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Australia cricket tour to SA still on, but…



Australia cricket tour to SA still on, but…

Vernon Philander of South Africa celebrates after bowling out Peter Handscomb of Australia during the 2018 Sunfoil Test Series match between South Africa and Australia at Wanderers Stadium, Johannesburg. (Photo: Muzi Ntombela / BackpagePix)
By Craig Ray
21 Jan 2021 1

Australia’s tour to South Africa is still on, for now. But that could change in the coming weeks depending on the state of the Covid-19 pandemic and ultimately with Cricket Australia’s satisfaction that South Africa can reasonably guarantee their players’ safety.

The hangover of England’s aborted cricket tour to South Africa in late 2020 and a festive season spike in Covid-19 cases across the country has left Australia’s scheduled tour to South Africa in the balance. 

At this stage, according to Cricket South Africa (CSA) interim board chairperson Judge Zak Yacoob, the tour is still on. But it’s tentative at best because of mounting daily cases of Covid-19. 

“I had a chat with the chair of Cricket Australia [Earl Eddings] about a week ago, and we agreed that the tour is going to go ahead,” Yacoob told a media briefing on Thursday. 

“We agreed that we are going to try and ensure that we are going to make sure our facilities are as good as possible; as good as necessary. We agreed that we learn every day, but that is not on the basis that we did anything wrong when England was here, of course. Because you know that none of the England people were affected. That’s the bottom line.”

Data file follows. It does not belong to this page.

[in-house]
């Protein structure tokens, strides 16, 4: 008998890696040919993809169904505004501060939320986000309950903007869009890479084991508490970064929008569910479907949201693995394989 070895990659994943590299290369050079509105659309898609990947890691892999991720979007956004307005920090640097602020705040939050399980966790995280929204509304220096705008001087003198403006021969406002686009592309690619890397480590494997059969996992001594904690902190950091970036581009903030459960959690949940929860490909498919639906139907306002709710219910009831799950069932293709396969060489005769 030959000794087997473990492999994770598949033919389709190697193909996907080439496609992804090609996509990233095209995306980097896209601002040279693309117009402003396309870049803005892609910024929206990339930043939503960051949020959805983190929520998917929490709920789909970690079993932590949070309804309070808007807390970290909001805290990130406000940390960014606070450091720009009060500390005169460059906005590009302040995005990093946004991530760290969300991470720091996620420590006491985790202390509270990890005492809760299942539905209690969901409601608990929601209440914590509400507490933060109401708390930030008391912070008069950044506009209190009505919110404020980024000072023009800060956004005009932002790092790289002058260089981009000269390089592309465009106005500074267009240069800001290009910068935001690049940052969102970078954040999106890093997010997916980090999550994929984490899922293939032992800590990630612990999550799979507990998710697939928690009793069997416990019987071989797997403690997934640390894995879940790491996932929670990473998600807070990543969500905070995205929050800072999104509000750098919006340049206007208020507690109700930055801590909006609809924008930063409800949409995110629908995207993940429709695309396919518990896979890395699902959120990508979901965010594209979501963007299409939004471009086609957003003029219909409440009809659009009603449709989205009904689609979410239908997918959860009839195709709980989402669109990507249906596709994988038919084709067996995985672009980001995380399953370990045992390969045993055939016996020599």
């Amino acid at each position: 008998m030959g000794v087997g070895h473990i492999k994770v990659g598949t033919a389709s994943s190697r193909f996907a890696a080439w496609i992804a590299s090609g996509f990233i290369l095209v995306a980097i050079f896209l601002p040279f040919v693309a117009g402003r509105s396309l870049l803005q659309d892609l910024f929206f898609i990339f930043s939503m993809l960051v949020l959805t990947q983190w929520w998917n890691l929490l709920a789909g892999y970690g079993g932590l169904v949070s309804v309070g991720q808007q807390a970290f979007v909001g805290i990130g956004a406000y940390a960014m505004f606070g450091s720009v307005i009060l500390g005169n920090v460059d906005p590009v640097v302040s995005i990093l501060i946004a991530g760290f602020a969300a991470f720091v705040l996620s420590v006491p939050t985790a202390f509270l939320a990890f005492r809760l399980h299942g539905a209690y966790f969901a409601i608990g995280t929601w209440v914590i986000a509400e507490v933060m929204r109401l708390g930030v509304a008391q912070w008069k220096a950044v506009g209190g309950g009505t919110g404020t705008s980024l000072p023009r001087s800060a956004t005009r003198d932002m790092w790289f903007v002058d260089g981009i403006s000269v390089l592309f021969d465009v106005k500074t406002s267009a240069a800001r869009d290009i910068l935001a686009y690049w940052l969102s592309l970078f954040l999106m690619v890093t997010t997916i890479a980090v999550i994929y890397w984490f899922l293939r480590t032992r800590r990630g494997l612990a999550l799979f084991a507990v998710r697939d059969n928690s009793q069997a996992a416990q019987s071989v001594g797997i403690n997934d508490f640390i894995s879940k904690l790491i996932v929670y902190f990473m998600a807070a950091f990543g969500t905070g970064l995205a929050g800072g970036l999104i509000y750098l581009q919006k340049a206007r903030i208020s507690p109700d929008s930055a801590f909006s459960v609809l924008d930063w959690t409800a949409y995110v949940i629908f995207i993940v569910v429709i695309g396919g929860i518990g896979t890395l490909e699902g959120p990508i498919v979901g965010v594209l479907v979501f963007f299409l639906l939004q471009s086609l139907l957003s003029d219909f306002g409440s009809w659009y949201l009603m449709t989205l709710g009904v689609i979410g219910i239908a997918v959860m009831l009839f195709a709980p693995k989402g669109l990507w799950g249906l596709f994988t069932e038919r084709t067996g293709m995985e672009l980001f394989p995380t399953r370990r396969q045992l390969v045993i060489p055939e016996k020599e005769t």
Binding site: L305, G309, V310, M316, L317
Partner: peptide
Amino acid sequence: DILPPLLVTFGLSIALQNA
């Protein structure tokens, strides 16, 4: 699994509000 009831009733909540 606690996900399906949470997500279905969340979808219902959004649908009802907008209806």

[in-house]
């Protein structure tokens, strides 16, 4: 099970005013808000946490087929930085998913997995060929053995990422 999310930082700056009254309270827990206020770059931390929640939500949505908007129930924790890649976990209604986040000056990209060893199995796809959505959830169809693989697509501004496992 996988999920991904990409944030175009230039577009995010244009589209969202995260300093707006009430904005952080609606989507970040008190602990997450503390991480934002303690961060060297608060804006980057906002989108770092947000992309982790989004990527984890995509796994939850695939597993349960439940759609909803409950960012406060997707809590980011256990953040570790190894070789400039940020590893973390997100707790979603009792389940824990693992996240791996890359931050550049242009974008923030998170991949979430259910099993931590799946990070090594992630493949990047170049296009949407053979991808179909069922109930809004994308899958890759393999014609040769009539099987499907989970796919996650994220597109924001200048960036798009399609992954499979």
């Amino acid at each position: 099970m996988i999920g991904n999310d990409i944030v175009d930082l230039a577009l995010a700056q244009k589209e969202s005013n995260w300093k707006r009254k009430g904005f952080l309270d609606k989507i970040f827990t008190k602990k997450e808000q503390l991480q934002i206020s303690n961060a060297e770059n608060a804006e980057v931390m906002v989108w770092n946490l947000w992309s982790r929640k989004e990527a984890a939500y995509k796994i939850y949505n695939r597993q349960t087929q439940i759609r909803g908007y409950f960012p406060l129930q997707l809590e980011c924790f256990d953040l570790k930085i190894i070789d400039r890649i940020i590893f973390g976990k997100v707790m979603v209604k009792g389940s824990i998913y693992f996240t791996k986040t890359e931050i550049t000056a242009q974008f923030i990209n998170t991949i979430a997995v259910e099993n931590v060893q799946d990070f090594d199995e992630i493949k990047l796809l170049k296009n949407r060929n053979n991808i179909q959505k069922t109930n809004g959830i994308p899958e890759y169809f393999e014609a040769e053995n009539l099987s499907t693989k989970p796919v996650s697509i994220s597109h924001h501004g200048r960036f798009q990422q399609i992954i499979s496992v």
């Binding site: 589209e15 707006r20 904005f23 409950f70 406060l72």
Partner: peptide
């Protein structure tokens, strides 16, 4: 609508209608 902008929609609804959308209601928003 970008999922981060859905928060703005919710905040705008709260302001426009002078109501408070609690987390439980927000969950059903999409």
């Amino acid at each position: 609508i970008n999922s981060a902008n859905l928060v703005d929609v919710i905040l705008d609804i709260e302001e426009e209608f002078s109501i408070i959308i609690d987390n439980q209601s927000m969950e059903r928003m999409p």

England toured South Africa in November and December 2020 and were scheduled to play three T20Is and three One-Day International (ODIs). But six positive Covid results frightened them off, even though the two “positives” in their camp turned out to be false positives and two others in the Proteas squad were revealed before they went into the Cape Town bio-bubble. 

It later emerged that some members of England’s touring party had played golf on eight separate occasions, at five courses around the Western Cape, which severely undermined the integrity of the bio-bubble. 

Yet, it was England who left after casting stones at CSA’s handling of the bio-secure environment. It has left relations between CSA and the England and Wales Cricket Board (ECB) strained, especially as the adverse publicity spooked future touring parties after England departed after 24 days without a ball being bowled in the ODI series. 

Sri Lanka, who were next into South Africa after England’s misadventure, came close to cancelling their two-Test tour. They eventually honoured their commitment but arrived with reservations. Having learnt from the England experience, both Sri Lanka and the Proteas were locked down in a secure complex in Pretoria, which included a golf course on site and other leisure facilities. 

It was easier to monitor movement and retain the integrity of the bio-bubble and the tour went off without any positive tests, much to CSA’s relief. 

But since then, South Africa has endured a torrid few weeks of rising infections and deaths. While the second wave of the pandemic appears to have peaked – certainly in the Western and Eastern Cape – there is no room for complacency. 

“The learning in relation to this virus changes all the time, and as it changes, things must change,” Yacoob said. “We agreed that neither [Eddings] nor I know anything about this. So, we rely on professionals.